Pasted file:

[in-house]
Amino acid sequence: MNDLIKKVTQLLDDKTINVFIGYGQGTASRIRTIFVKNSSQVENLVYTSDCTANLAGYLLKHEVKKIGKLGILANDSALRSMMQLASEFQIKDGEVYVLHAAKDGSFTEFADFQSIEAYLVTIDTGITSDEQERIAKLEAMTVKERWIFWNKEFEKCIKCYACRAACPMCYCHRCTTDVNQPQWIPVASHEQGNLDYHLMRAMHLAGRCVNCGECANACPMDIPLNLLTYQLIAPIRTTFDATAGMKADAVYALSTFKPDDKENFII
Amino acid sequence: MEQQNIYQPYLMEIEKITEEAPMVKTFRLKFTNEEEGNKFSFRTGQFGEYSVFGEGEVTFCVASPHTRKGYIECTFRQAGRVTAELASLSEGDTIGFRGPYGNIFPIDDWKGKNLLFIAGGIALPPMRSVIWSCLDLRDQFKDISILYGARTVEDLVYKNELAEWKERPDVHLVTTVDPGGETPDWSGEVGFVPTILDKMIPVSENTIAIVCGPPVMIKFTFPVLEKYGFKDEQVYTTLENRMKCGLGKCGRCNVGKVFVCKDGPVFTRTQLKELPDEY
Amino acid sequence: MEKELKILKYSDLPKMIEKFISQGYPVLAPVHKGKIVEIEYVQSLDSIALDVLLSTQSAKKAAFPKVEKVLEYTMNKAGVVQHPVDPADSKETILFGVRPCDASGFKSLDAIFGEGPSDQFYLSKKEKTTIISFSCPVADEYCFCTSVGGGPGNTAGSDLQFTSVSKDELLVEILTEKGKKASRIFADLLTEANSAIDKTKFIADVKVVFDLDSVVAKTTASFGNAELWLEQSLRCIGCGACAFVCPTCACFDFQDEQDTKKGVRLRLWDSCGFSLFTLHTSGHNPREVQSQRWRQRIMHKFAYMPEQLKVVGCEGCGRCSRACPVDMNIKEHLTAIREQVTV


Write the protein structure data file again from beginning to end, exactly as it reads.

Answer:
[in-house]
Amino acid sequence: MNDLIKKVTQLLDDKTINVFIGYGQGTASRIRTIFVKNSSQVENLVYTSDCTANLAGYLLKHEVKKIGKLGILANDSALRSMMQLASEFQIKDGEVYVLHAAKDGSFTEFADFQSIEAYLVTIDTGITSDEQERIAKLEAMTVKERWIFWNKEFEKCIKCYACRAACPMCYCHRCTTDVNQPQWIPVASHEQGNLDYHLMRAMHLAGRCVNCGECANACPMDIPLNLLTYQLIAPIRTTFDATAGMKADAVYALSTFKPDDKENFII
Amino acid sequence: MEQQNIYQPYLMEIEKITEEAPMVKTFRLKFTNEEEGNKFSFRTGQFGEYSVFGEGEVTFCVASPHTRKGYIECTFRQAGRVTAELASLSEGDTIGFRGPYGNIFPIDDWKGKNLLFIAGGIALPPMRSVIWSCLDLRDQFKDISILYGARTVEDLVYKNELAEWKERPDVHLVTTVDPGGETPDWSGEVGFVPTILDKMIPVSENTIAIVCGPPVMIKFTFPVLEKYGFKDEQVYTTLENRMKCGLGKCGRCNVGKVFVCKDGPVFTRTQLKELPDEY
Amino acid sequence: MEKELKILKYSDLPKMIEKFISQGYPVLAPVHKGKIVEIEYVQSLDSIALDVLLSTQSAKKAAFPKVEKVLEYTMNKAGVVQHPVDPADSKETILFGVRPCDASGFKSLDAIFGEGPSDQFYLSKKEKTTIISFSCPVADEYCFCTSVGGGPGNTAGSDLQFTSVSKDELLVEILTEKGKKASRIFADLLTEANSAIDKTKFIADVKVVFDLDSVVAKTTASFGNAELWLEQSLRCIGCGACAFVCPTCACFDFQDEQDTKKGVRLRLWDSCGFSLFTLHTSGHNPREVQSQRWRQRIMHKFAYMPEQLKVVGCEGCGRCSRACPVDMNIKEHLTAIREQVTV